HOW TO TELL IF A RUBY IS REAL
STEP ONE: CHECK THE RUBY'S HARDNESS
As mentioned above, real rubies are highly resistant to scratches, ranking a firm 9 on the Mohs scale of Hardness. Real rubies rank second in durability only to diamond and moissanite gems because a diamond ranks a 10 on the Mohs scale, while moissanite ranks a 9.25. This means that only a diamond (or an object with a hardness greater than 9) can scratch real rubies. This is the same for all gems on the Mohls Scale of Hardness. For example, a material such as glass (a common material in faux rubies) is a mere 5.5 on the hardness scale, so it can only scratch stones with a 5.0 hardness ranking or below.
THE RUBY SCRATCH TEST
THE RUB TEST:
COMMON RUBY IMITATIONS
Glass: Most fake rubies on the market consist of red-colored glass. These synthetic rubies are affordable but aren't exceptionally long-lasting. Additionally, genuine ruby stones typically have a higher refractive index than glass, meaning they sparkle and shine more than one-dimensional red glass.
Composite Rubies: These are genuine rubies with red-colored glass fused into it. Mixing these two materials creates a larger, fake stone at a lower price point than real ruby gemstones.
The disadvantage of composite rubies is that these stones contain glass and, thus, are easily fractured and harmed by chemicals in housekeeping supplies.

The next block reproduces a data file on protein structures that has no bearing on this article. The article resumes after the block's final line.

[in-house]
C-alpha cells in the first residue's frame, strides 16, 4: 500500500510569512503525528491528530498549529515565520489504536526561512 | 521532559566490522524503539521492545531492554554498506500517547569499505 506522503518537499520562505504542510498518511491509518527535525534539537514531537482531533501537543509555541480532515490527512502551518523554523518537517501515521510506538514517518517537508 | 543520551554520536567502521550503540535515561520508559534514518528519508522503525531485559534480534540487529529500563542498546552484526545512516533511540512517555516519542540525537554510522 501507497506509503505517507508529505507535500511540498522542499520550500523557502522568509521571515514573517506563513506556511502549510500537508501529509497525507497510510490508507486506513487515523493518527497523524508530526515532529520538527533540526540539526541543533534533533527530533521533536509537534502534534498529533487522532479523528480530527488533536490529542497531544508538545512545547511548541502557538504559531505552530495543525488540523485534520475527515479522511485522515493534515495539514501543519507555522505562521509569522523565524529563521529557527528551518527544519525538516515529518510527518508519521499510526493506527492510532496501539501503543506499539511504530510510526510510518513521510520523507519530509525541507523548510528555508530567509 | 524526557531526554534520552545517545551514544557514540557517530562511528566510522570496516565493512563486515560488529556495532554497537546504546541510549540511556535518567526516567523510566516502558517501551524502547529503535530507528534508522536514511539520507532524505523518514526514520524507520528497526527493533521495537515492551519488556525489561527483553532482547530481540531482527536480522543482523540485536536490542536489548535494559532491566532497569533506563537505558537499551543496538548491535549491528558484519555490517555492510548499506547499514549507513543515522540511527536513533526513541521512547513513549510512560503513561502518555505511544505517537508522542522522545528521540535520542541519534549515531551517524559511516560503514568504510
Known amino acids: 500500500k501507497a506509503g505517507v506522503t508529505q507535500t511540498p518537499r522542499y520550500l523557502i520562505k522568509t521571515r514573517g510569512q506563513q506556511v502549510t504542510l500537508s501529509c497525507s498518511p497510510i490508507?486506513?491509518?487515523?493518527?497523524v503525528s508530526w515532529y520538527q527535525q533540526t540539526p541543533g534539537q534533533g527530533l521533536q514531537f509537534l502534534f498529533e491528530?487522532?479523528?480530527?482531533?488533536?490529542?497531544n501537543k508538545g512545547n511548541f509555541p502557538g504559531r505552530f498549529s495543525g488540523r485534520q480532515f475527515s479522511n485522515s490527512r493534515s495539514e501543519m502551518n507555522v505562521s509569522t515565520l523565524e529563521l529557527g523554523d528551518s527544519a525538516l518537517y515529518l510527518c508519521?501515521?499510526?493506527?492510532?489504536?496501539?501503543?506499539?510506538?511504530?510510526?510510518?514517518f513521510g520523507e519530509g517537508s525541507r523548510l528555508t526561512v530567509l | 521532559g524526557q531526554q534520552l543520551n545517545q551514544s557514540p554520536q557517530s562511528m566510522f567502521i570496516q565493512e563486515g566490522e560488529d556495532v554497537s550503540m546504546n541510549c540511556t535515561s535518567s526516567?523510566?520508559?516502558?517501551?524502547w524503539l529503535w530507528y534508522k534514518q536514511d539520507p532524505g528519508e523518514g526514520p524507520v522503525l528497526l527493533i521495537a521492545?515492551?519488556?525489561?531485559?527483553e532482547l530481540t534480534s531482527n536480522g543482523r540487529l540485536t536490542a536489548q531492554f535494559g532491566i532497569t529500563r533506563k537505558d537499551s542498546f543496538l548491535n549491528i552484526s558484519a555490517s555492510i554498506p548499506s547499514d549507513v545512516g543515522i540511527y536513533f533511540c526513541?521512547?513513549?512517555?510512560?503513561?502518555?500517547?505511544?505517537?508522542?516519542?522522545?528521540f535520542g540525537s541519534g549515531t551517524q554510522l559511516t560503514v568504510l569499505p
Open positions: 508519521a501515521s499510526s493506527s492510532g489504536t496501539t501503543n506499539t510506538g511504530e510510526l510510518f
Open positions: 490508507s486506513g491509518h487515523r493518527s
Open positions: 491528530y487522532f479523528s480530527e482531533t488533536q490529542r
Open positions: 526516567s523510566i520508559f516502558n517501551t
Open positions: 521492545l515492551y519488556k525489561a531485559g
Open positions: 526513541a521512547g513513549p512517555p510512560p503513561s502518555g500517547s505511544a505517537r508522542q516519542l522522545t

RUBY VS. GARNET
Garnet: Real rubies are relatively more flawed with inclusions than garnets, which are usually clearer. Real rubies are also a deeper and more distinct dark red, whereas garnet stones tend to be lighter and much paler. And finally, garnet (like tourmaline) is softer than genuine rubies, with a Mohs Scale rating is 6.5 to 7.5.
STEP 2: CHECK THE RUBY'S COLOR
THE RICH COLOR TEST:
The color of your ruby stone is one of the best factors to look at first. An authentic ruby gemstone has a deep, rich hue. A ruby-red color that is so vivid that it looks bright, while fake rubies often appear pale and dull, as if there is no substance.
Use the "stoplight red" as a guide, but do not expect to find a real ruby stone that is that bright. If you do, then your "real ruby stone" is likely fake. However, an authentic ruby gemstone is more like a bright traffic light than a faux, dull stone.
If a gem is more of a dark shade, it is probably a garnet instead of a real ruby stone. Garnets are a common substitute for real rubies
THE GLASS TEST
Fake rubies commonly consist of glass. To determine if you have a fake ruby, compare it to similar-tinted glass. No genuine ruby will ever be identical to the color or tint of a piece of glass.
STEP 3: FEEL THE RUBY'S WEIGHT
While checking the weight of a "ruby" is not a definitive way to determine its authenticity, it can be a helpful tool when combined with other tests. Here are some general guidelines to consider:
1) Real rubies are denser and heavier than most fake rubies. If you have two rubies of the same size, the real ruby stone will typically weigh more than the fake one.
2) To tell if a ruby is real, you can also measure the specific gravity of a ruby. A real ruby stone will have a specific gravity of around 3.99, while most fake rubies have a specific gravity of around 3.50.